Some of the best cooks in the world live right here in Apopka

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This week, we will revisit some of our recipes from the past that we haven’t used in a while and include a few new ones.

We really appreciate the response from one of our readers last week who said her recipe for calamondin pie was in response to our encouraging Apopkans to send in their traditional family recipes¡. Don’t be shy! Share with your Apopka neighbors via The Apopka Chief and The Planter newspapers Kitchen Kapers articles. Some of the best cooks in the world live right here in our locale. You can find anything on the Internet, but you probably can’t find Grandma’s biscuits or Uncle Hiram’s ‘puddin’ there.

Puddin’, for those of you who may not know, is a treasured breakfast treat, originally from the South Carolina lowcountry, but since word has got out about this delicacy, it can be found all over the east coast and over to Louisiana. Originally it was made when the weather turned cold and it was hog-killing time, but in our age of refrigeration, it is made any time. Puddin’, also called ‘liver puddin’, is made from pork parts, including the liver, rice, hot peppers and onions as well as other herbs and spices. It can be made from calves liver if you have an aversion to pork. It isn’t greasy and when sliced up kind of like Spam and fried, puddin’ is eaten with grits and eggs. Some is mild, much is hot, but in truth, it is ALL somewhat hot. It is so GOOD. If YOU have a recipe for it, we’d love to borrow it!

KATHY KING’S
BARBECUE BEEF

Recipe from
1990 Presbyterian Women First Presbyterian Church of Apopka,

Treasures and Pleasures cookbook

3 pounds beef (chuck)

3 green peppers (chopped)

2 cups chopped onion

1/2 cup packed brown sugar

1/4 cup chili powder

2 teaspoons Worcestershire sauce

1 (6 ounce) can tomato paste

1/4 cup apple cider vinegar

2 teaspoons salt

1 teaspoon dry mustard

Combine all ingredients in crockpot. Add 1 cup of water and simmer 3 to 4 hours. Serve on rolls.

JENNIFER BURGUST 

BROUSSARD’S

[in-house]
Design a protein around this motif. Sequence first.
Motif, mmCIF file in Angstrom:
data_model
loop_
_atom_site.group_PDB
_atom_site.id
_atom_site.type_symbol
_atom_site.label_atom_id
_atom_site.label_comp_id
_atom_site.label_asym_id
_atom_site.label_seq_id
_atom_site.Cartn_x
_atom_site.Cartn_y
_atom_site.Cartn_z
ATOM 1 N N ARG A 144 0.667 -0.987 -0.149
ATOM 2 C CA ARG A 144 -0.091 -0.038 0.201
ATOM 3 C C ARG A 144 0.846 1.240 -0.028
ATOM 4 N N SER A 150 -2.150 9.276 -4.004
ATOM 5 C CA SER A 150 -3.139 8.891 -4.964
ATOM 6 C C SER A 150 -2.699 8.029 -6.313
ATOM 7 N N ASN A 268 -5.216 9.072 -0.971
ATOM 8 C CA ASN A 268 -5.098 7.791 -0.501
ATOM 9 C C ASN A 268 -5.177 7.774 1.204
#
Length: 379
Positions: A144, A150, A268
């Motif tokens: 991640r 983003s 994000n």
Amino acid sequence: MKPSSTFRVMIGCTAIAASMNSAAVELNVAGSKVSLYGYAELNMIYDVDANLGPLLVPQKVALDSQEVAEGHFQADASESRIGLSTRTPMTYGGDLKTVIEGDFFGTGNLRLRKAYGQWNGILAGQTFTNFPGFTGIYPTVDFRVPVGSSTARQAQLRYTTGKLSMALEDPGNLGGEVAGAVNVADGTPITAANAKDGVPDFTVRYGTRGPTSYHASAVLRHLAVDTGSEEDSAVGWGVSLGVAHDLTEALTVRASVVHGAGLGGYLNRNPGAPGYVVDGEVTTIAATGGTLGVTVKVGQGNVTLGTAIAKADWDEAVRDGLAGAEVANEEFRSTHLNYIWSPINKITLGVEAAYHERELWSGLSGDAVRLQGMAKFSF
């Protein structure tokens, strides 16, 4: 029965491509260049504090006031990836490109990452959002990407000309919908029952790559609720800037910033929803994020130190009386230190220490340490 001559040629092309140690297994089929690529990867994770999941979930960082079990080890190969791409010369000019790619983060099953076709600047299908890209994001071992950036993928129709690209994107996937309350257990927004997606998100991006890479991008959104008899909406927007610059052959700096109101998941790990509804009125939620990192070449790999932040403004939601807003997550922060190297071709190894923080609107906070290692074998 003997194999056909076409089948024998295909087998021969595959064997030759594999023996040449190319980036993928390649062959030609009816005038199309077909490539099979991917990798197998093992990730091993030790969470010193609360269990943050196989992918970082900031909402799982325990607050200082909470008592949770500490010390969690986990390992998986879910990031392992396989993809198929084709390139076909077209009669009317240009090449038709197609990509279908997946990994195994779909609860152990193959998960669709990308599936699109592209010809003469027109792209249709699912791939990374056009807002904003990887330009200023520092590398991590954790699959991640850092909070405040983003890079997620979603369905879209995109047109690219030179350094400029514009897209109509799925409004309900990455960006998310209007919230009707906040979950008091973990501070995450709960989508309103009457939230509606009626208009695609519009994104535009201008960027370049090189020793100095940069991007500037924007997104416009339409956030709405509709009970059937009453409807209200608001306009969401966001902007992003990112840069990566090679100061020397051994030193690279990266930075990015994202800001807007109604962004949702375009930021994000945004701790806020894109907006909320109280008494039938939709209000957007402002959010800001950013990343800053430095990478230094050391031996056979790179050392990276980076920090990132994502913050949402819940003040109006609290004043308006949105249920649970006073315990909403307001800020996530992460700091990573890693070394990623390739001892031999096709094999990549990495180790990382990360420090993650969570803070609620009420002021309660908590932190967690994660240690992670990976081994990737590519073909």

HONEY GLAZED CHICKEN

Recipe from
1990 Presbyterian Women First Presbyterian Church of Apopka,

Treasures and Pleasures cookbook

1 whole chicken, cut up

1/2 cup butter, melted

1/4 cup mustard

1/2 cup honey

Mix butter, mustard and honey. Pour over chicken in baking dish. Cover and bake at 350 degrees for one hour. Bake uncovered for an additional 15 minutes.

MARGARET REYNOLDS’ 

BAKED CHICKEN BREASTS 

Recipe from
1990 Presbyterian Women First Presbyterian Church of Apopka

Treasures and Pleasures cookbook

4 whole chicken breasts

1/2 cup melted butter or margarine

1 cup flour

1 teaspoon garlic salt

1 teaspoon seasoned salt

2 tablespoons sugar

1 teaspoon savory

1 teaspoon basil

1 (10-1/2 ounce) can chicken broth

Slivered almonds

Bone chicken breasts and cut in half. Allow one or two halves per person. Dip breasts in slightly cooled melted butter. Roll in flour mixed with other seasonings. Dip in melted butter again. Tuck ends of breasts under and place skin side up in baking dish. Pour chicken broth about two-thirds way up in baking dish. Bake for about three hours at 250 degrees to 275 degrees. Sprinkle with almonds during last hour of baking. Serves four to five.

FESTIVE BAKED HAM

Recipe from
Florida Federation of Garden Clubs, Paths of Sunshine cookbook

1 cup apple cider

1/2 cup water

1 5-pound uncooked ham half

12 whole cloves

1 cup firmly packed brown sugar

1 21-ounce can cherry pie filling